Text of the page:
A Brill Calendar: December 28
Bayle's "Dictionaire Historique et Critique"
Few books published just before the turn of the 17th century were as decisive for European culture since as the ‘Dictionaire historique et critique’ (1697).
The author, Pierre Bayle, was a Frenchman, born in Carla-le-Comte in 1647 and who fled his country as teacher of philosophy at the Protestant Academy of Sedan, north-eastern France, for a site better tuned to his ideas: namely the city of Rotterdam in Holland.
Bayle, a non-conformist ‘par excellence’, was in his mid-thirties when he made this crucial decision. A little later the Revocation of the Edict of Nantes (1685) by Louis XIV would further aggravate Protestant life in his Kingdom. When Bayle died in Rotterdam, (on December 28th 1706, at the age of 59), where he came to find himself ‘chez soi’, the shadow of a presumed political scheme to switch the allegiance of the Republic of the United Provinces from alliance with England and Austria to France lay heavily with him.
Yet, his grand ‘Dictionaire’ had already begun its march through time. Bayle construed the foundations on which Voltaire would soon build. It is seldom that a philosophical ‘magnum opus’ develops into an ‘ever-seller’, even in the first half of the 18th century.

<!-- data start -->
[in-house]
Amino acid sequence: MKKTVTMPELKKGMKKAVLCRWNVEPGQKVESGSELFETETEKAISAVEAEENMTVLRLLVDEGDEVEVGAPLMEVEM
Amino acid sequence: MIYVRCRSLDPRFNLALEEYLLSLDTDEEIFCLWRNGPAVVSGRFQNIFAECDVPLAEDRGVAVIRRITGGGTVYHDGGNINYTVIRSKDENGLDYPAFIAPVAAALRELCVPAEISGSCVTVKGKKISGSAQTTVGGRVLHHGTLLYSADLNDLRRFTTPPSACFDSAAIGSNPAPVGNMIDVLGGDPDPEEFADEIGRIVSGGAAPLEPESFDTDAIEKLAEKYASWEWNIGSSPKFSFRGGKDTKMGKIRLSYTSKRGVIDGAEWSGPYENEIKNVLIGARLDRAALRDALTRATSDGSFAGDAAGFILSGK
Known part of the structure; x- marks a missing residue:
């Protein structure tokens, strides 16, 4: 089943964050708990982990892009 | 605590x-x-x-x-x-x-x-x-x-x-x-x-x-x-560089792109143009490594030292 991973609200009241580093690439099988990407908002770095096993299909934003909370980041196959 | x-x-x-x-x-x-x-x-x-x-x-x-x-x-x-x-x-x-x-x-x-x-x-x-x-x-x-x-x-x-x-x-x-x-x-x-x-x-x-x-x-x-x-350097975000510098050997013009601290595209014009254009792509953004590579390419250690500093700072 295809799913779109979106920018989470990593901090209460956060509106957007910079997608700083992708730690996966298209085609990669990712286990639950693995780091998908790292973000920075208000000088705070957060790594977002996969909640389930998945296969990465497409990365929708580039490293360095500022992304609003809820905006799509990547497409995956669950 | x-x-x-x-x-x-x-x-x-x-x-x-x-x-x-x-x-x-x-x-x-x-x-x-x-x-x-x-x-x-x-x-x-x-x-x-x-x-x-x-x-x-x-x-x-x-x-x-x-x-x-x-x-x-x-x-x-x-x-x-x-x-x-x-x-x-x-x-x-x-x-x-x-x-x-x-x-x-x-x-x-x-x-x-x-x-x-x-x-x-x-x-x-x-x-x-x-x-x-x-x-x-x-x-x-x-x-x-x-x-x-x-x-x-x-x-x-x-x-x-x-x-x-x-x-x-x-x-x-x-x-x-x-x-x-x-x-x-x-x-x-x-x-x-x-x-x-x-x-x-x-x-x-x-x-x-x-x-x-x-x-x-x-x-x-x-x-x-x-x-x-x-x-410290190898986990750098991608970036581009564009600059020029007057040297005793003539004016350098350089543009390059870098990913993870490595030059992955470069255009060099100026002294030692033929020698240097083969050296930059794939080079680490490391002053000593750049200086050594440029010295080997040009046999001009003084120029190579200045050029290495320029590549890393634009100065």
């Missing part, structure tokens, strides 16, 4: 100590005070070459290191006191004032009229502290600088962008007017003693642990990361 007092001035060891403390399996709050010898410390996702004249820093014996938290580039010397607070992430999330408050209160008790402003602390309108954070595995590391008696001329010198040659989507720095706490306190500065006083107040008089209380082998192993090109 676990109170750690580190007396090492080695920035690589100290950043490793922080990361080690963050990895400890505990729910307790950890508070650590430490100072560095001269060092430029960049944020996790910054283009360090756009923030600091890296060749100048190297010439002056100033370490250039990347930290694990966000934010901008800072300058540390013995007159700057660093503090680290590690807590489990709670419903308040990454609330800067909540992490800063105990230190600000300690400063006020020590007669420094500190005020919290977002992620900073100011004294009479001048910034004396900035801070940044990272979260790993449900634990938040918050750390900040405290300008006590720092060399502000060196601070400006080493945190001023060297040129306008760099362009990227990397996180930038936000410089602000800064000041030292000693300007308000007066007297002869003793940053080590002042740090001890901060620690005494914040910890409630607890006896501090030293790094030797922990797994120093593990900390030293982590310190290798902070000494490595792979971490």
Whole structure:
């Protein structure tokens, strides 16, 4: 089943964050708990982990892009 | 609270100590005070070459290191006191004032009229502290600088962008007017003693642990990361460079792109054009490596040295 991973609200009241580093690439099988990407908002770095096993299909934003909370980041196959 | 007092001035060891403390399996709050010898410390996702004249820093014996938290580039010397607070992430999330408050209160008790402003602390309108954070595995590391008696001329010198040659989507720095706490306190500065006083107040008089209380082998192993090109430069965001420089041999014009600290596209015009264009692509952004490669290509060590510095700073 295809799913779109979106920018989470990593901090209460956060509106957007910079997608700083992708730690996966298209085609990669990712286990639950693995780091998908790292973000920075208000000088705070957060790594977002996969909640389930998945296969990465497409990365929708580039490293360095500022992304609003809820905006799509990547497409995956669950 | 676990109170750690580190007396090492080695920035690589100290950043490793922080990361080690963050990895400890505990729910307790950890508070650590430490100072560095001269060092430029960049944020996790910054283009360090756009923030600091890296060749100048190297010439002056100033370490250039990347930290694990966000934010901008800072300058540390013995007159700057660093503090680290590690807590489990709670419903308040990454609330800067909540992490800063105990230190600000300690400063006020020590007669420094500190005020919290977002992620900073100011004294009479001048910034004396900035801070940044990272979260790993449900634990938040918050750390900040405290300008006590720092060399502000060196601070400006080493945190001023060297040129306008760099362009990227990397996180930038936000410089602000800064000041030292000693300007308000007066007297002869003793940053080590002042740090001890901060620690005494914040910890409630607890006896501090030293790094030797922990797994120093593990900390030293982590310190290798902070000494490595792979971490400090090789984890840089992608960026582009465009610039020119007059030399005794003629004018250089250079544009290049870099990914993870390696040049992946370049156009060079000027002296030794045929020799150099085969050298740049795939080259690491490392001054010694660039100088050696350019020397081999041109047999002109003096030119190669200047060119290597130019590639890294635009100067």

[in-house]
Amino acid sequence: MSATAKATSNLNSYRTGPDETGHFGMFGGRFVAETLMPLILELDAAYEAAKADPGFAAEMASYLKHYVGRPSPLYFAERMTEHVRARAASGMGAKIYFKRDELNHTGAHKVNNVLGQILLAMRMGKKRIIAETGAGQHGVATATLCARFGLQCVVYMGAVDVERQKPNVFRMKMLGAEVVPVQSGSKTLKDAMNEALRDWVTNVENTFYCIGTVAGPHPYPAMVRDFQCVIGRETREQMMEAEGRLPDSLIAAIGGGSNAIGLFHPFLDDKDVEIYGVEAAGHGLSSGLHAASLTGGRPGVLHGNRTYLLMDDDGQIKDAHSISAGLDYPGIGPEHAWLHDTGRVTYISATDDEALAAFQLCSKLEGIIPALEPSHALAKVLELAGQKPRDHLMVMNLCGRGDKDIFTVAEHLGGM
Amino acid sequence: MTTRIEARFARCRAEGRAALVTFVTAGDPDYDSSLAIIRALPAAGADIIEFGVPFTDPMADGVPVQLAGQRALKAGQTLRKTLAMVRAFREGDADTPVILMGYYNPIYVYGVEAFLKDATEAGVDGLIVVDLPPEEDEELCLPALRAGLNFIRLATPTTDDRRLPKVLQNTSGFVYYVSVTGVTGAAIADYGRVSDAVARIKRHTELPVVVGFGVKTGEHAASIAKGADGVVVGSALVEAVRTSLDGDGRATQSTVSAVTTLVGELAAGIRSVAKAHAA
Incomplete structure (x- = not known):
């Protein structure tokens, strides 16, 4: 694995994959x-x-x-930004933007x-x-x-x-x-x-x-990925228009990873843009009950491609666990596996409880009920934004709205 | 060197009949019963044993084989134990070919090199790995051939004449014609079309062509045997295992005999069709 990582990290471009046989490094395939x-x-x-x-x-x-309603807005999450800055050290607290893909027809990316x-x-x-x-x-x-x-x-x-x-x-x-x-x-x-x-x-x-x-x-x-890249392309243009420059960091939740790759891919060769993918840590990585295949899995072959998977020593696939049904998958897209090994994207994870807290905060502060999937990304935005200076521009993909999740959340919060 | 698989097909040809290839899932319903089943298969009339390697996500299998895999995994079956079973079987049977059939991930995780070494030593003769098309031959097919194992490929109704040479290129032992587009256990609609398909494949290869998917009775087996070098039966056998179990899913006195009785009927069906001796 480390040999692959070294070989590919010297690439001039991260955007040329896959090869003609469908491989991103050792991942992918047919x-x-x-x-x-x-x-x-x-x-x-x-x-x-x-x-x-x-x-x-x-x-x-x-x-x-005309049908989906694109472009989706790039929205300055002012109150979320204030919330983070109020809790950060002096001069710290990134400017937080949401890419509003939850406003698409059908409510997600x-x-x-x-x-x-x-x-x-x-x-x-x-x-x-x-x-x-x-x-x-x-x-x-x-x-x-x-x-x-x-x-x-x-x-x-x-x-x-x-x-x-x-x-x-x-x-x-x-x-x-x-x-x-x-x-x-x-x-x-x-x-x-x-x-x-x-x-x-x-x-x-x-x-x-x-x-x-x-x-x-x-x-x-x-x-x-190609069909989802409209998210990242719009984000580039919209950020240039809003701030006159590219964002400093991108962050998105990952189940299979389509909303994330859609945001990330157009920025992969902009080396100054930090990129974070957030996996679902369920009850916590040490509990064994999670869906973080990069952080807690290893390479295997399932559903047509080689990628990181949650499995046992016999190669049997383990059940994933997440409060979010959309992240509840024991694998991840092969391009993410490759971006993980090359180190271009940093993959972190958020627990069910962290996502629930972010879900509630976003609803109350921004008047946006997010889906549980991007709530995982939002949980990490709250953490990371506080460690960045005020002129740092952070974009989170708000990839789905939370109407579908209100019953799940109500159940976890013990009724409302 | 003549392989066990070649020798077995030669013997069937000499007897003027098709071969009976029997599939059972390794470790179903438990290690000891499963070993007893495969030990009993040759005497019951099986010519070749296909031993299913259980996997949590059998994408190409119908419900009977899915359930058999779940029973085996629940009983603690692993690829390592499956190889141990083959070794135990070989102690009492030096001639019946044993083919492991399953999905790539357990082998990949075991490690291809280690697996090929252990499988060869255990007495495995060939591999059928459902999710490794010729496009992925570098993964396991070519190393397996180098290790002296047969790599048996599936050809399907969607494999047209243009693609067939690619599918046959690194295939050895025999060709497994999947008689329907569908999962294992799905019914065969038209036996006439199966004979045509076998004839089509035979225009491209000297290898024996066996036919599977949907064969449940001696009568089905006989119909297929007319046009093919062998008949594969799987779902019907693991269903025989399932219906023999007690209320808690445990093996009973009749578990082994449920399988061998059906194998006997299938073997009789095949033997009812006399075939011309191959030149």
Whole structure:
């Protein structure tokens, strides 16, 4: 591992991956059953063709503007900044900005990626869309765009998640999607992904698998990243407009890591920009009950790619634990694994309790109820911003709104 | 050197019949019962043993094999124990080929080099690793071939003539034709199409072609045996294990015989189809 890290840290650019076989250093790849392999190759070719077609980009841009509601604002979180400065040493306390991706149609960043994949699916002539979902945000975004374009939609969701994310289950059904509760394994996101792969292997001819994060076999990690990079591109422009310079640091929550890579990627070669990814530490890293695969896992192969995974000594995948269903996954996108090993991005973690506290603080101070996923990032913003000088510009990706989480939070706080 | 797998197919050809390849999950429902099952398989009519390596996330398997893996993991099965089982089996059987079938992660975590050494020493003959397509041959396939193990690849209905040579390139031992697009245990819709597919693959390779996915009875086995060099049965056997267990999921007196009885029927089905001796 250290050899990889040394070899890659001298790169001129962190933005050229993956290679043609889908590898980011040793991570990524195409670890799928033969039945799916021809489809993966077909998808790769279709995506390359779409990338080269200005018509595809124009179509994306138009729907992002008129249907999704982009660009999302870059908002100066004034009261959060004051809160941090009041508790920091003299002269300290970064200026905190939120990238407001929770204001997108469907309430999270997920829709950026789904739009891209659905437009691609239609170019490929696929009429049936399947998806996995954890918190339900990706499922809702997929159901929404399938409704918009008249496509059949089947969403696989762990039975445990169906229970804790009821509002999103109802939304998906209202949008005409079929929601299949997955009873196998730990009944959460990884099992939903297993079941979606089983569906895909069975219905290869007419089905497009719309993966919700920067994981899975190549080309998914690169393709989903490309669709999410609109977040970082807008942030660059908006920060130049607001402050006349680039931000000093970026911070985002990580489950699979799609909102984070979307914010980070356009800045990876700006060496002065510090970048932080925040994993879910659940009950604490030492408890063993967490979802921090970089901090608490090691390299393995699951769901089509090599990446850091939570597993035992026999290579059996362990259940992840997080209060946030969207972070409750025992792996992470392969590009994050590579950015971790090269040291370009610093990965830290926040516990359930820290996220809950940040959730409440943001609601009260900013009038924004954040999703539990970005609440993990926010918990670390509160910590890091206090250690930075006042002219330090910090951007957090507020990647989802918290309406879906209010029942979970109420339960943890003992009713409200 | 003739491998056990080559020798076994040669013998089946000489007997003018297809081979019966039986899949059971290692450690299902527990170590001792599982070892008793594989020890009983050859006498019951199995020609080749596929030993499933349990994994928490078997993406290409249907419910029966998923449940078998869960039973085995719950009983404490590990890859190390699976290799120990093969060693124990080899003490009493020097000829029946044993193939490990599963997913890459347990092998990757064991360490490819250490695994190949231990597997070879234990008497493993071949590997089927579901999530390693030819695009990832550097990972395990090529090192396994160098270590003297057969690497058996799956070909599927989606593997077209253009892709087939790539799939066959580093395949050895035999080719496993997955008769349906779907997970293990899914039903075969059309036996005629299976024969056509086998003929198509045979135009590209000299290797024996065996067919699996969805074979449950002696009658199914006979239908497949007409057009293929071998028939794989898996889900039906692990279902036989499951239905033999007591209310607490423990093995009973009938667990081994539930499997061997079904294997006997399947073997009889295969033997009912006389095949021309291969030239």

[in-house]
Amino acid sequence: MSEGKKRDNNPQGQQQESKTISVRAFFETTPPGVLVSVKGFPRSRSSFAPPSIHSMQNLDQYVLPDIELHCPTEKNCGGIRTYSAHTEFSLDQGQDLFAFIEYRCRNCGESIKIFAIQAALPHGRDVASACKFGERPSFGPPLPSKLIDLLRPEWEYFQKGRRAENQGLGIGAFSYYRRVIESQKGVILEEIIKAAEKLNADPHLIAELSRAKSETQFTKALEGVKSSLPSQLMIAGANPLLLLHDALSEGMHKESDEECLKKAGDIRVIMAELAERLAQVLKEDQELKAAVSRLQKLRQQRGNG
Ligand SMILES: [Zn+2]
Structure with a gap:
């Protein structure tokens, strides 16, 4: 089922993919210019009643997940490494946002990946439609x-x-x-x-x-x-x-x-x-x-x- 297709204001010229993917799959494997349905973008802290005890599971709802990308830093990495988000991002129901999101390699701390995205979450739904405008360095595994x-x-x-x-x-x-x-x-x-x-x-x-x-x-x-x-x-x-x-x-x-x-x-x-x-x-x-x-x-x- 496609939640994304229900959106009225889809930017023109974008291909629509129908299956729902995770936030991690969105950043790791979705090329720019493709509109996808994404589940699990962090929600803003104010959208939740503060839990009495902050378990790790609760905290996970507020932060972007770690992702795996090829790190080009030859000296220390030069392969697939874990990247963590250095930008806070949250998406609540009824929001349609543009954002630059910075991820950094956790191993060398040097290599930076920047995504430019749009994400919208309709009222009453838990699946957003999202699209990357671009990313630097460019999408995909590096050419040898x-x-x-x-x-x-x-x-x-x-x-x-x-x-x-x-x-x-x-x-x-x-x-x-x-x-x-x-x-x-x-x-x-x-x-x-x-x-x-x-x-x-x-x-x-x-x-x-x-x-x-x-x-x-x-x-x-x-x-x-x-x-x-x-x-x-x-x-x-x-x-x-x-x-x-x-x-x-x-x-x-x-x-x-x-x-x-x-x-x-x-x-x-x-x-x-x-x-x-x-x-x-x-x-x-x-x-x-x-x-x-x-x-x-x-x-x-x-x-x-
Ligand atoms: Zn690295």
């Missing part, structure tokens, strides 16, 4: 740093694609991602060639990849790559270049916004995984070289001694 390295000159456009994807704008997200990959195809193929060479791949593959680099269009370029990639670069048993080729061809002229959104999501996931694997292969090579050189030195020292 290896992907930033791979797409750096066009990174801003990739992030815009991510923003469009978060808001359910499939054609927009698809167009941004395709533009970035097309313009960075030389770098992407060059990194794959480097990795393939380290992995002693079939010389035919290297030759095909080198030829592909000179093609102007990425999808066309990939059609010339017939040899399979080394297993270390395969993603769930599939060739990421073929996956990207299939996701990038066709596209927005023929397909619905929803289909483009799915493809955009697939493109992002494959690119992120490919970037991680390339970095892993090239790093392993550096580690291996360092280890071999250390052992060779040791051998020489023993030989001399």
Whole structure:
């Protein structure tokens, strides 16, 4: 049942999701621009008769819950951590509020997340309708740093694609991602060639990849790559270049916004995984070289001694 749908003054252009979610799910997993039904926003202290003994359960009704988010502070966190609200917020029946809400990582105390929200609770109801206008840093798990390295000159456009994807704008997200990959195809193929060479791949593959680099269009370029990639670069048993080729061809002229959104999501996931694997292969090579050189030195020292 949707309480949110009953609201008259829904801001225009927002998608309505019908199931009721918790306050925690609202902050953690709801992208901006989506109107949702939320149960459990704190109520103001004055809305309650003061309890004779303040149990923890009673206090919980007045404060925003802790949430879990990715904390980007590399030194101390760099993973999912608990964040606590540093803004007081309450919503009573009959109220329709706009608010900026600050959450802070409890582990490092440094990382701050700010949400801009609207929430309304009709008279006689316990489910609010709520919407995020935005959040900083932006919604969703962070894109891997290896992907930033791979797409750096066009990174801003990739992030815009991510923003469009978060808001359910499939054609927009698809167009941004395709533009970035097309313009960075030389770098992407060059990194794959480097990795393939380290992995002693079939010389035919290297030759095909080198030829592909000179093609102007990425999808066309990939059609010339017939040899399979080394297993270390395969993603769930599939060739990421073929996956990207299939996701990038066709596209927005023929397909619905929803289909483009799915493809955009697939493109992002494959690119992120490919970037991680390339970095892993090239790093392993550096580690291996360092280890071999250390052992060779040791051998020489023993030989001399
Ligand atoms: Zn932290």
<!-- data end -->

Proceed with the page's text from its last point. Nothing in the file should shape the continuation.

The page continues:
In his elegant and informative history of Brill (Leyden, 2008) Sytze van der Veen indicates the stature of Bayle’s chef d’oeuvre later: ‘The monumental fourth edition of Bayle’s ‘Dictionaire Historique et Critique’ (1730) was a monster-production of Samuel Luchtmans and seven book-traders in Amsterdam. After a while, the print-run was exhausted; a new one, the fifth, was published in 1740. On that occasion as many as fifteen businessmen took a share in the costly production. Luchtmans participated for one twelfth in all costs, in exchange for one twelfth of the print-run. The total costs for 3288 copies amounted to 46.000 Dutch Guilder, an amount of money beyond the imagination of those days.’ (translation wd)